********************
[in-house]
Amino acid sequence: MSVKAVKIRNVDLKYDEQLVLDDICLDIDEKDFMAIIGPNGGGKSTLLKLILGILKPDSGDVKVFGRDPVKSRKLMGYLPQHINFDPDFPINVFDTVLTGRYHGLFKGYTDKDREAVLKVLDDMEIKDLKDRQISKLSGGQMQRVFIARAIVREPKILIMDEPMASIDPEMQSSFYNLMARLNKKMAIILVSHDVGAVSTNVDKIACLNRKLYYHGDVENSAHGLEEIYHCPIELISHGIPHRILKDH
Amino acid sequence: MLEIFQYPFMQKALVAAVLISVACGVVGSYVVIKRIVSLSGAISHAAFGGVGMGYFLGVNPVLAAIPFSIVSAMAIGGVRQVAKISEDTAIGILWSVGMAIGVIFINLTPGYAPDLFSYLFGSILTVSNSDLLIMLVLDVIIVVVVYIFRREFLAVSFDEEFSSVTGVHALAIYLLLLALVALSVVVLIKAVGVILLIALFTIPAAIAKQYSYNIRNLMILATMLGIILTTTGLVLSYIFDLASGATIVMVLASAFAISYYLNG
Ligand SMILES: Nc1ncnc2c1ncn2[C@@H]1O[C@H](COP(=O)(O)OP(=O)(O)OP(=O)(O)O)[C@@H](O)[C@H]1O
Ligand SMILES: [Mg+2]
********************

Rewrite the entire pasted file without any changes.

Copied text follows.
[in-house]
Amino acid sequence: MSVKAVKIRNVDLKYDEQLVLDDICLDIDEKDFMAIIGPNGGGKSTLLKLILGILKPDSGDVKVFGRDPVKSRKLMGYLPQHINFDPDFPINVFDTVLTGRYHGLFKGYTDKDREAVLKVLDDMEIKDLKDRQISKLSGGQMQRVFIARAIVREPKILIMDEPMASIDPEMQSSFYNLMARLNKKMAIILVSHDVGAVSTNVDKIACLNRKLYYHGDVENSAHGLEEIYHCPIELISHGIPHRILKDH
Amino acid sequence: MLEIFQYPFMQKALVAAVLISVACGVVGSYVVIKRIVSLSGAISHAAFGGVGMGYFLGVNPVLAAIPFSIVSAMAIGGVRQVAKISEDTAIGILWSVGMAIGVIFINLTPGYAPDLFSYLFGSILTVSNSDLLIMLVLDVIIVVVVYIFRREFLAVSFDEEFSSVTGVHALAIYLLLLALVALSVVVLIKAVGVILLIALFTIPAAIAKQYSYNIRNLMILATMLGIILTTTGLVLSYIFDLASGATIVMVLASAFAISYYLNG
Ligand SMILES: Nc1ncnc2c1ncn2[C@@H]1O[C@H](COP(=O)(O)OP(=O)(O)OP(=O)(O)O)[C@@H](O)[C@H]1O
Ligand SMILES: [Mg+2]